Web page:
Given that you’ve now moved all the high care and high risk elements to its own new section, section 8, I would like to request that we take this opportunity to simplify the zones and eliminate the need for high care. I understand the current definitions of high risk (cooked) and high care (treated but not cooked), but they don’t really make sense when you look at them closely. Where both sets of products have a use by, require chilled storage and have the potential to allow pathogenic growth – why do we say that it’s ‘acceptable’ to ‘contaminate’ high care products, whereas it’s not acceptable to ‘contaminate’ high risk products? Take the examples provided on the decision tree; a “prepared meal without a garnish” is a high risk product, because it’s been cooked. So, we’re saying it has a higher potential to cause food poisoning. But, a “prepared meal with garnishes” is a high care product. So, we’ve taken potentially the same high risk product, and added something that is not as ‘clean’ to it and now it has less potential to cause food poisoning, so we don’t have to protect it as much from contamination.

High care and high risk cause so much confusion in industry and essentially anything entering a high level zone should have gone through sufficient decontamination to make it safe to eat within its given life and not contaminate the high level zone. Why confuse matters any more than that?

Have your say…

7 thoughts on “Draft BRC Version 8 Consultation

  1. Kassy

    Good article although out of my comfort zone! Anyway my thought are to add something in and around fratricide or blue on blue in military terms!! I’m talking about things like software (not Cyber) updates (example is Apples IOS 11 which broke some phones). This is unintended consequences by OEM or internal automation engineers which may directly affect a CCP (or what ever confusion we seem to be adding in here with nomenclature – we deal with some uneducated people – remind them at BRC KISS) . The software changes/updates may be between PLC (Siemens/Alan Bradley etc). It may be a system glitch but there are safety solutions and things like feedback loops etc….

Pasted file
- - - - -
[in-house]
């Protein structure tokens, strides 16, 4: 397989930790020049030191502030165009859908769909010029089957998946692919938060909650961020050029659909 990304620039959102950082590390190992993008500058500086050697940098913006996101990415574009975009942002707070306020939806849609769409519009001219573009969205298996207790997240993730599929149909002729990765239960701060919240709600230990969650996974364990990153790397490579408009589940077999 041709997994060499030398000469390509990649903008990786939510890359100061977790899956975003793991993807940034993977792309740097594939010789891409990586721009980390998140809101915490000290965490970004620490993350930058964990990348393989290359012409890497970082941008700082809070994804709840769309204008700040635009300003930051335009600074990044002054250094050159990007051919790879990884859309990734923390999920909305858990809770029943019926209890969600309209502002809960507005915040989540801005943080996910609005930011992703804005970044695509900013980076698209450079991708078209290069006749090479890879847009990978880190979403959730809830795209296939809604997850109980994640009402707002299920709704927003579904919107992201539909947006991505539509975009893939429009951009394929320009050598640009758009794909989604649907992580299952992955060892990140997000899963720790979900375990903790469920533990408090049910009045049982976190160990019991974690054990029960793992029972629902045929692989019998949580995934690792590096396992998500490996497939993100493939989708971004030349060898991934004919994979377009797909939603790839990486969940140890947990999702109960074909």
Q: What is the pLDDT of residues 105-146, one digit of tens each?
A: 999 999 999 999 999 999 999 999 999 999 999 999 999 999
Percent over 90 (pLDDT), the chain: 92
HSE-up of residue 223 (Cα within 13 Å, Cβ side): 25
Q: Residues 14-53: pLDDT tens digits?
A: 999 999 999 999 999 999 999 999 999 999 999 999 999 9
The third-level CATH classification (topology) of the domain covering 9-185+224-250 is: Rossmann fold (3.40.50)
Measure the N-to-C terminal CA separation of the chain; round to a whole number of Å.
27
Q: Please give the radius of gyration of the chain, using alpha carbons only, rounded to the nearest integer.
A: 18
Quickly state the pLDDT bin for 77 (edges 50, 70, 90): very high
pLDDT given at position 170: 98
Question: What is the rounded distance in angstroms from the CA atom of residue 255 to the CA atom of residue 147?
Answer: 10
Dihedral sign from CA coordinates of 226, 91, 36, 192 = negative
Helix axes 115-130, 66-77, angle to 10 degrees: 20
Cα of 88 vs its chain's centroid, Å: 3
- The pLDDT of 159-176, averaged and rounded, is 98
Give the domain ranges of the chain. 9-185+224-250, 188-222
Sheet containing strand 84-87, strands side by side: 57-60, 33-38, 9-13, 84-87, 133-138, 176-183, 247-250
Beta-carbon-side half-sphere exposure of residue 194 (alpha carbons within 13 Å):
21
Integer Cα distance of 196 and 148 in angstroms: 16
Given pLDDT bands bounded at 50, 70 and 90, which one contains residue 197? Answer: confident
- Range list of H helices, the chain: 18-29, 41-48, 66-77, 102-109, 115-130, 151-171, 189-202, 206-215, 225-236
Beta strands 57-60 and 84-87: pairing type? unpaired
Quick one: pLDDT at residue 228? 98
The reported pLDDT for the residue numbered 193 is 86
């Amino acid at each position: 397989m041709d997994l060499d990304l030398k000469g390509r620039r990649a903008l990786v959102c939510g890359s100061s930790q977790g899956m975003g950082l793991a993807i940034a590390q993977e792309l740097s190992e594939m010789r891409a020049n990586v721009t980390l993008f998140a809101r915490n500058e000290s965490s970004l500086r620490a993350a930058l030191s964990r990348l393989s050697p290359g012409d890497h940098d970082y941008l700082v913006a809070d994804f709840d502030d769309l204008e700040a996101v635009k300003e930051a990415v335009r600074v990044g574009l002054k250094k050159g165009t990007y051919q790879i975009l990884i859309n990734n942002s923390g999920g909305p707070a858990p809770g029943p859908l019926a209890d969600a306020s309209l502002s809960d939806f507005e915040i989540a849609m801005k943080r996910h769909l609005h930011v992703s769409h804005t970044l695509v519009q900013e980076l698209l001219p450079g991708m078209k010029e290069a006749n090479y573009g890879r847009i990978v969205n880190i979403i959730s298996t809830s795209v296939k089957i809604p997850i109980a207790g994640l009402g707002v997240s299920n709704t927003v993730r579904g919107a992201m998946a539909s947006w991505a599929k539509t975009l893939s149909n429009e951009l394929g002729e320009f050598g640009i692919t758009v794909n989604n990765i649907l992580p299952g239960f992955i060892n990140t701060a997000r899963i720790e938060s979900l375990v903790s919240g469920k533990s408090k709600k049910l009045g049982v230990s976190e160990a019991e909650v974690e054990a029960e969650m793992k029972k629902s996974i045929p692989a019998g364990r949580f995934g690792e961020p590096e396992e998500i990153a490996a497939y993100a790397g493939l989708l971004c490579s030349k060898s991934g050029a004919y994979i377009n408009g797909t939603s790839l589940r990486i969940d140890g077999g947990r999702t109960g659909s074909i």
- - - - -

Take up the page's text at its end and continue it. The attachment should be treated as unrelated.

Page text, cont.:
2. I really like some of the points raised which we hadn’t picked up on. I especially like the clarification on metal detection memory / reset function test as we get challenged on this each year. We test using consecutive packs as the standard doesn’t say you cant, and every year the auditor questions it even though we have sufficient justification as to why we do it that way. They have never raised a non compliance as the standard isn’t specific and can be interpreted either way so clarification would be good, I hope they include this, although we would then need to change how we do our test. I agree that high risk and high care can be confusing and maybe should have the same controls for some products, although not all high care products (mainly short shelf life) would need them.

    1. Hi!
      That’s really interesting to hear that you have suffered from the confusion around the metal detection test. I can’t wait to find out what version 8 says when it’s issued, I get really excited about these things!

  3. Hi Kassy,

    With my area of expertise being contamination control by provision of hygienic, high quality air and the control of the high risk environments with regard to air changes and positive room pressure, I completely agree with your comments regarding high care/high risk environments. I think this makes what should very relatively simple, very confusing.
    I don’t have the stats in front of me, but it seems that whenever there is a food poisoning outbreak associated with a food production facility, the route cause always seems to be a product like “ready to eat” washed salad.
    I think it’s time to move on… is 2018 after all!

    Treating the air quality/environment regime in these areas as those of high risk with sufficient air changes and positive pressure, would at least reduce risk of microbial contamination in high care areas coming from the air within the production environment.

    If we can then convince the industry to use filtration that will remove microbial contamination, I have no doubt we would see less of these food poisoning outbreaks.

    Best Regards,


    1. Hi James,
      Thanks for your comments, it would be great to simplify the rules – like you say it’s 2018 and we all have enough to do without making things more complicated than they need to be.
      Let’s see what happens!
      The count down begins to Version 8!

  4. Hi Kassy,
    Really good article and like the specific requests for metal detection and high care/risk confusion areas. The area on the competency of auditors for 3rd party supplier approval would need further clarification as to what BRC require in my opinion. It should be an interesting protocol when released and observing what clients shall be putting in place for their food safety culture. Thanks again Kassy